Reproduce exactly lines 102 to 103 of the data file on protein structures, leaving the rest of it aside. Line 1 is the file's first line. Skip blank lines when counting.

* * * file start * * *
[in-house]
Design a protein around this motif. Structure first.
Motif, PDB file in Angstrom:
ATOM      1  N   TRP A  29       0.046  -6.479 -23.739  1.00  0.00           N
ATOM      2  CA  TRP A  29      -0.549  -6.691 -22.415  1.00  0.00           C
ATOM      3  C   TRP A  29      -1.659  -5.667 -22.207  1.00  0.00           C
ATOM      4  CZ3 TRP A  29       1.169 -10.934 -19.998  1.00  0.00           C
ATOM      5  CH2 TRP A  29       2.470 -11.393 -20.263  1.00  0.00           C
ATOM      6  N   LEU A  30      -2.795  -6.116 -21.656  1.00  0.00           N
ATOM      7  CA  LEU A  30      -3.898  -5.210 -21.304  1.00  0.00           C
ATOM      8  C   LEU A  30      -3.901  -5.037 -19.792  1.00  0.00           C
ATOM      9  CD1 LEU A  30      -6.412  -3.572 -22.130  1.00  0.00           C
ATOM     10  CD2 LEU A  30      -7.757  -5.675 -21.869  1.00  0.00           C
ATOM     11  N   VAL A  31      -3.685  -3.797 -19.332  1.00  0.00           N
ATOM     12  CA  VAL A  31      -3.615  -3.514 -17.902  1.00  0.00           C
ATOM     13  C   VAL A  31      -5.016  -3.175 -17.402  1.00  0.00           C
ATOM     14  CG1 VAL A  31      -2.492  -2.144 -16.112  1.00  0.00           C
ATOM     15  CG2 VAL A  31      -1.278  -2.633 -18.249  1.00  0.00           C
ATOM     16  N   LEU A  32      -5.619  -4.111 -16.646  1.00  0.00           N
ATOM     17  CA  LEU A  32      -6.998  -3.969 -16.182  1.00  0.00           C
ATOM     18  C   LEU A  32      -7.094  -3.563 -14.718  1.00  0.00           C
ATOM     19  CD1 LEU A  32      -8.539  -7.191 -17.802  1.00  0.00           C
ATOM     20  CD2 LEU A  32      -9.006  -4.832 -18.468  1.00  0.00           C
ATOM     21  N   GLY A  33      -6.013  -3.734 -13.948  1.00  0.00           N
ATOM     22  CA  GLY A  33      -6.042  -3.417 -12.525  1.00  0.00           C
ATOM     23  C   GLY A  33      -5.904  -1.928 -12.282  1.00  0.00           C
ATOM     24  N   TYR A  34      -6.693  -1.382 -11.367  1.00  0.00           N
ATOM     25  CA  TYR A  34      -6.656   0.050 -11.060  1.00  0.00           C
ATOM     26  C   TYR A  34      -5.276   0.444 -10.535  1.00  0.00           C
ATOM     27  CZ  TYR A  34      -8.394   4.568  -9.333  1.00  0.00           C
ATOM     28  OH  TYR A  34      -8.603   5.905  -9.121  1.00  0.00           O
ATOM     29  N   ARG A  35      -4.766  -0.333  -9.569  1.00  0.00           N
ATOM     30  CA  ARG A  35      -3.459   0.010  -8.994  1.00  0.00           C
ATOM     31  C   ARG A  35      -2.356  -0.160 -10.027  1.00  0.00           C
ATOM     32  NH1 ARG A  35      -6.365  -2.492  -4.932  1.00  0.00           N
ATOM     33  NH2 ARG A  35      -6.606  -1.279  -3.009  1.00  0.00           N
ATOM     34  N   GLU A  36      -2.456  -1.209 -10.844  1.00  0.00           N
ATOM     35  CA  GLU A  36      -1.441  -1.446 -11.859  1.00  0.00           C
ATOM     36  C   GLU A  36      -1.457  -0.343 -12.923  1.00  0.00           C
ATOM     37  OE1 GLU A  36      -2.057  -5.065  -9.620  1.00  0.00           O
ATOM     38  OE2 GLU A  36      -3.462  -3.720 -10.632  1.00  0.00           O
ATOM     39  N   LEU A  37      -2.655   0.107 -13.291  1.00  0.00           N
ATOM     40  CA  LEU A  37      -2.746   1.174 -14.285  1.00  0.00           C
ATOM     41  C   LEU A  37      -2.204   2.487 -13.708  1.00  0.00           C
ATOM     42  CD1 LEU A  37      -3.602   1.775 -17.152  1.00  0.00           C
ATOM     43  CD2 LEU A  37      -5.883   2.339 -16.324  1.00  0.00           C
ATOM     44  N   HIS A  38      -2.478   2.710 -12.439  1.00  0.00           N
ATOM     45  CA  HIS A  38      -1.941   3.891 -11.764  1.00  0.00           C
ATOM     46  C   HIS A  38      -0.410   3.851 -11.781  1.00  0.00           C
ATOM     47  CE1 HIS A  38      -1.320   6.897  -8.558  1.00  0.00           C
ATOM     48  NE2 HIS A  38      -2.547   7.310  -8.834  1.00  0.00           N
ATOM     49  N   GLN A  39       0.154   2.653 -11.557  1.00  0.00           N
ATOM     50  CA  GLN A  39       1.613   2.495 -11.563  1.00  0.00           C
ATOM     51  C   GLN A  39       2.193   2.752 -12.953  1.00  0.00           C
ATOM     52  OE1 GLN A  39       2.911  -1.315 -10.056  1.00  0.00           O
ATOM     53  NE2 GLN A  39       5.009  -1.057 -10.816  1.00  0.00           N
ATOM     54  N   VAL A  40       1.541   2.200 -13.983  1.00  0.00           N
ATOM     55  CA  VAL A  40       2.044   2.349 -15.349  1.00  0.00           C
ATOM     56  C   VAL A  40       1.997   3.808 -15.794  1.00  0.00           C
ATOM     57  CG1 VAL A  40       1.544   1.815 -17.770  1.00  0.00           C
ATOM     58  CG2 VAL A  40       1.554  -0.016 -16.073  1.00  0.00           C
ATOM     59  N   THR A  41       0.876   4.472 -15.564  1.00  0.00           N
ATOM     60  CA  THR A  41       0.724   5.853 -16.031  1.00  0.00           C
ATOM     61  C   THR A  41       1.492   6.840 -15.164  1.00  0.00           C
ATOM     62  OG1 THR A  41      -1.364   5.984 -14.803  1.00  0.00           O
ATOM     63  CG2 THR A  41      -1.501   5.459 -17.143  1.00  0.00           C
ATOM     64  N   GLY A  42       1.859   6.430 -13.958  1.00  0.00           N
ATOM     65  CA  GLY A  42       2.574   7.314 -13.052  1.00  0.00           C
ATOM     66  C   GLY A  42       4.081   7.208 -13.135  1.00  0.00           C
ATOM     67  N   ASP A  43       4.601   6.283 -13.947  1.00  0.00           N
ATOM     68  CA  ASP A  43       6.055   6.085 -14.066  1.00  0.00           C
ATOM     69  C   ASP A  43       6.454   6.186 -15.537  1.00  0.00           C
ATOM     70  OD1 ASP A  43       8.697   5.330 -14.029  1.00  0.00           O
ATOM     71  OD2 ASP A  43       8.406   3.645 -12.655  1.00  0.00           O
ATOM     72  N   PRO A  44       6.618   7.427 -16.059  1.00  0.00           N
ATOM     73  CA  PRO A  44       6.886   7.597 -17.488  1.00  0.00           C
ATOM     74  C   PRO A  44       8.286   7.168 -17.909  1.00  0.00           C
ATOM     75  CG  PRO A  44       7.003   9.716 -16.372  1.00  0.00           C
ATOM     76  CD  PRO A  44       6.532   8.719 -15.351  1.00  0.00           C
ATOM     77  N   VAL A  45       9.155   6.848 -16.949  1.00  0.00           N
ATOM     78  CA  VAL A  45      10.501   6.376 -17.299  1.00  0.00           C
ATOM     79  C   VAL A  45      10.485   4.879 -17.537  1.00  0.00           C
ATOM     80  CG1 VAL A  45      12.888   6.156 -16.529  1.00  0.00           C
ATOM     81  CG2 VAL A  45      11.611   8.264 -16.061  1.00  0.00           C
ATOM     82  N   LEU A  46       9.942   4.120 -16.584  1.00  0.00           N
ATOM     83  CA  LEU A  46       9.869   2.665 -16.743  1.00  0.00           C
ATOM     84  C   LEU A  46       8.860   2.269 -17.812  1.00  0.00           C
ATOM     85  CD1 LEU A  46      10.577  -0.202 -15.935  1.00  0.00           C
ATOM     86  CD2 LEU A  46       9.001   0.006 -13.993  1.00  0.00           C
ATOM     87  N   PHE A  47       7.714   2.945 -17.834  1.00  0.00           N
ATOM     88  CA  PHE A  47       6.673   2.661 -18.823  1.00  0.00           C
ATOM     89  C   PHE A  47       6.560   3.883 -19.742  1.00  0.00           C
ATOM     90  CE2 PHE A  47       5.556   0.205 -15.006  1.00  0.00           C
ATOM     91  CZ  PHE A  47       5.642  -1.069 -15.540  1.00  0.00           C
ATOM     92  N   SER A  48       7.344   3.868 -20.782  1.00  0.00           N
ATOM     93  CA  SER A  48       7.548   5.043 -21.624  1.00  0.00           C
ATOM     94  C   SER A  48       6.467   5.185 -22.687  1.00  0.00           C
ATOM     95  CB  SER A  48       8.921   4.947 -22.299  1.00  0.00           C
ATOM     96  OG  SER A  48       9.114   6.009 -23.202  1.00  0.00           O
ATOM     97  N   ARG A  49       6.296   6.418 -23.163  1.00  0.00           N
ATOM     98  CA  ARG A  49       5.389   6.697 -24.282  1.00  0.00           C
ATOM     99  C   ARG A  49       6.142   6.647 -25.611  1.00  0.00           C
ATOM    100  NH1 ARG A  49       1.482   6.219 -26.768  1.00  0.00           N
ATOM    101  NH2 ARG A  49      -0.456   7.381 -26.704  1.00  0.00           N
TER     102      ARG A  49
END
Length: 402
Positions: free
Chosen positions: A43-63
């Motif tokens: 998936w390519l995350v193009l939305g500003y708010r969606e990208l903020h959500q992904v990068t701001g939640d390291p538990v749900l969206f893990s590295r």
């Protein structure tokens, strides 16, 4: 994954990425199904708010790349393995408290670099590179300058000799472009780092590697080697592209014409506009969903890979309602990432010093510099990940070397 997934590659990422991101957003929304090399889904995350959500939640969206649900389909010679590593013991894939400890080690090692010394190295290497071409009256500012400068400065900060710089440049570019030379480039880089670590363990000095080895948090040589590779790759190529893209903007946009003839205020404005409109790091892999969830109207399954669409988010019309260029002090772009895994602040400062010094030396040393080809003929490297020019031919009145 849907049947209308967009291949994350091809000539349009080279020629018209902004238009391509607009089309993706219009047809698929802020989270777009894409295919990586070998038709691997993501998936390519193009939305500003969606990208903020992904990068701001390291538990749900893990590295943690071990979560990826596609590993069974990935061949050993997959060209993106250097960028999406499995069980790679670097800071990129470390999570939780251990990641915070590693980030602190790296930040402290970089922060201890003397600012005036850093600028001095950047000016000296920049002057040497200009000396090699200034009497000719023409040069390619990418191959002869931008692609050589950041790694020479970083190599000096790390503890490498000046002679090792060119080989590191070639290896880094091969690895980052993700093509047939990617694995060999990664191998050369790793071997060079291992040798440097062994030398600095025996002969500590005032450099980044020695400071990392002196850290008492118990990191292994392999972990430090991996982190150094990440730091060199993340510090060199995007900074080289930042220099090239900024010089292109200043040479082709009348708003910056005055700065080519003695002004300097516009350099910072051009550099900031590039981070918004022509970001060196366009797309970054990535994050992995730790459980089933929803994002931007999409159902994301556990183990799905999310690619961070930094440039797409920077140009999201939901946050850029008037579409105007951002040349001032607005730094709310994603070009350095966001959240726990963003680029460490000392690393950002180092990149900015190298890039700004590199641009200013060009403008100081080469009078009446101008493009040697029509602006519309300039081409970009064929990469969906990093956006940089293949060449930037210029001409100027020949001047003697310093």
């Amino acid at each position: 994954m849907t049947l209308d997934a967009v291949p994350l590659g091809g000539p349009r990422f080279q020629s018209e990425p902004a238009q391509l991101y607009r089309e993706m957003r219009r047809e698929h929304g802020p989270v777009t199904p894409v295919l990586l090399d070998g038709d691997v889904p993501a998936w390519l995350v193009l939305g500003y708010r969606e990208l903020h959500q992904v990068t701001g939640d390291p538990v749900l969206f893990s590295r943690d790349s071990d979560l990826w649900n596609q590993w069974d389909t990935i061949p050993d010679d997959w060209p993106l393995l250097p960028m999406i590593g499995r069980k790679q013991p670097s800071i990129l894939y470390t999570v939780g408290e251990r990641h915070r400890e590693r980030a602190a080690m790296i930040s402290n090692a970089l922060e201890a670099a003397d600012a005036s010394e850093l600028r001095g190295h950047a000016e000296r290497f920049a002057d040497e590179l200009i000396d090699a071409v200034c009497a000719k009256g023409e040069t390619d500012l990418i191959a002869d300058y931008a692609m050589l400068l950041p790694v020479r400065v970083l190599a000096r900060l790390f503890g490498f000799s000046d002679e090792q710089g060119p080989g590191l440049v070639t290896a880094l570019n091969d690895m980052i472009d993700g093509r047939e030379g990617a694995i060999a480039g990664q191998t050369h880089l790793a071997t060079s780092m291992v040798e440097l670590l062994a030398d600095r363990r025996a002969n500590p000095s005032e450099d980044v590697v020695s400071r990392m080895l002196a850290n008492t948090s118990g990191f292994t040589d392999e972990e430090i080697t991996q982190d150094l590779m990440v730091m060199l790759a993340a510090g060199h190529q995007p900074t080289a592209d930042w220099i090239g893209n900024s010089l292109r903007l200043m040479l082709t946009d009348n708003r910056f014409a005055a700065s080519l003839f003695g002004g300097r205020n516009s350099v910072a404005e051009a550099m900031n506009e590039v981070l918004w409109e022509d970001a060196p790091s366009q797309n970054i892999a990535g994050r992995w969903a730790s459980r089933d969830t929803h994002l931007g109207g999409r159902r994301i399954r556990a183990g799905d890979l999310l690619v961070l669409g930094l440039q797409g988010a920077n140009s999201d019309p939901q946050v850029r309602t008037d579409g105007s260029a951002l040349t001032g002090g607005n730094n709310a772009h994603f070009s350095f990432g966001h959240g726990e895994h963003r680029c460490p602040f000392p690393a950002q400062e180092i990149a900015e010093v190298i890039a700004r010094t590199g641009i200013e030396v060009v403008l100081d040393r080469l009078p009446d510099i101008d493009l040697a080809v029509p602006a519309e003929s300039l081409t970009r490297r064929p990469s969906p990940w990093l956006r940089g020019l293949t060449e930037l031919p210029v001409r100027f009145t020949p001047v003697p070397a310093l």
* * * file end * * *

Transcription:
ATOM     99  C   ARG A  49       6.142   6.647 -25.611  1.00  0.00           C
ATOM    100  NH1 ARG A  49       1.482   6.219 -26.768  1.00  0.00           N